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Queen & Country: The Definitive Edition, Vol. 1 Paperback – January 2, 2008


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Product Details

  • Paperback: 376 pages
  • Publisher: Oni Press; Definitive Ed edition (January 2, 2008)
  • Language: English
  • ISBN-10: 1932664874
  • ISBN-13: 978-1932664874
  • Product Dimensions: 8.9 x 6.1 x 1 inches
  • Shipping Weight: 1.5 pounds
  • Average Customer Review: 4.4 out of 5 stars  See all reviews (17 customer reviews)
  • Amazon Best Sellers Rank: #434,872 in Books (See Top 100 in Books)

Customer Reviews

4.4 out of 5 stars
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See all 17 customer reviews
Good art, good characters & great story arcs.
JL Powell-Herbold
The female lead character is interesting enough for a guy to read about without feeling self-concious.
Spokane Graphic
The illustrations are in black and white and it serves the stories well.
Jimmy K.

Most Helpful Customer Reviews

7 of 7 people found the following review helpful By Matthew L. Brown on August 30, 2010
Format: Paperback
Length: 1:57 Mins
Who doesn't love a great spy story? Growing up, I had always though secret agents were of the James Bond variety. Then one day, I was introduced to Greg Rucka's Queen and Country. My entire idea of what a spy story and a comic book could be completely changed. Queen and Country was the first independent book that I'd ever read, and I couldn't stop reading it. Series lead Tara Chace is one of the most dynamic, damaged, and daring heroines in modern fiction, and you'd do well to read Queen and Country and find out why.

So we hear you're looking for something to read. That's great because we've got a ton of recommendations on what comics you should be checking out. Every week we'll pick out one gem from the longboxes or trade shelves that you absolutely cannot miss. We're talking mainstream, indie, full storylines, single issues, and beyond. If there's a comic we enjoy that we think you will too, you'll hear all about it on Read This Now!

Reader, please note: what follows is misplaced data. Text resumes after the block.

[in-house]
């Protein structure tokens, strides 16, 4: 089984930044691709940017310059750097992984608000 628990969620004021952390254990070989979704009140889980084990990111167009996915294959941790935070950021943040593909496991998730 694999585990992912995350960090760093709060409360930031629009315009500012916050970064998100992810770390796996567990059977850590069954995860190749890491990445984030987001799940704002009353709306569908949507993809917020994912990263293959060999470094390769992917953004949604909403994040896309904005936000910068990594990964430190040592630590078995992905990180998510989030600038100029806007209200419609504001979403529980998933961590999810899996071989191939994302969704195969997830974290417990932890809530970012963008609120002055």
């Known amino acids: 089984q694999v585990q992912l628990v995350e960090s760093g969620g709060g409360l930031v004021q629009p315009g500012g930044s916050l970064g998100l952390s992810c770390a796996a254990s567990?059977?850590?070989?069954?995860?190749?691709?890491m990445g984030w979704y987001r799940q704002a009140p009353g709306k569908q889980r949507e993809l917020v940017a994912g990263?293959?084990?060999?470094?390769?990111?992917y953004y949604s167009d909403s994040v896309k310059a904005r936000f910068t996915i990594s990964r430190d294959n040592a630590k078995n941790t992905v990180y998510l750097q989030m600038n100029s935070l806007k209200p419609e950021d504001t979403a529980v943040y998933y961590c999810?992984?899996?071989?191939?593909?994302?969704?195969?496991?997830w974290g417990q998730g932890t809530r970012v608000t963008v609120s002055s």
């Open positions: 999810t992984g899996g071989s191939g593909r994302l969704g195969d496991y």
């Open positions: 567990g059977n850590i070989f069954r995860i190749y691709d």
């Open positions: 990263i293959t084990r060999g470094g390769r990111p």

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3 of 3 people found the following review helpful By Spokane Graphic on April 5, 2008
Format: Paperback
I liked the story lines. They seemed realistic with lots of "spy tech" jargon thrown in here and there to make the conversations seem real. Not a lot of gadgetry or outrageous villains. The characters are pretty well developed. The female lead character is interesting enough for a guy to read about without feeling self-concious. The art work changed as the stories unfolded; Tara looks a lot different by the 3rd tale. Overall I enjoyed all 3 stories.
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3 of 3 people found the following review helpful By Ralph B. Chilton on January 24, 2008
Format: Paperback
Great news for fans of this series who had been put off by the rather anaemic previous collections, this bargain priced MASSIVE volume offers hours of Rucka's Sandbaggers inspired spy drama.

For those new to the series, I'd recommend it for anyone who enjoys smart, realistic female leads, modern spy politics and action (more Bourne than Bond), or SIS geeks.

I hope to see these collections beside the Queen and Country novels on the bookshelves.
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2 of 2 people found the following review helpful By A customer on April 20, 2012
Format: Paperback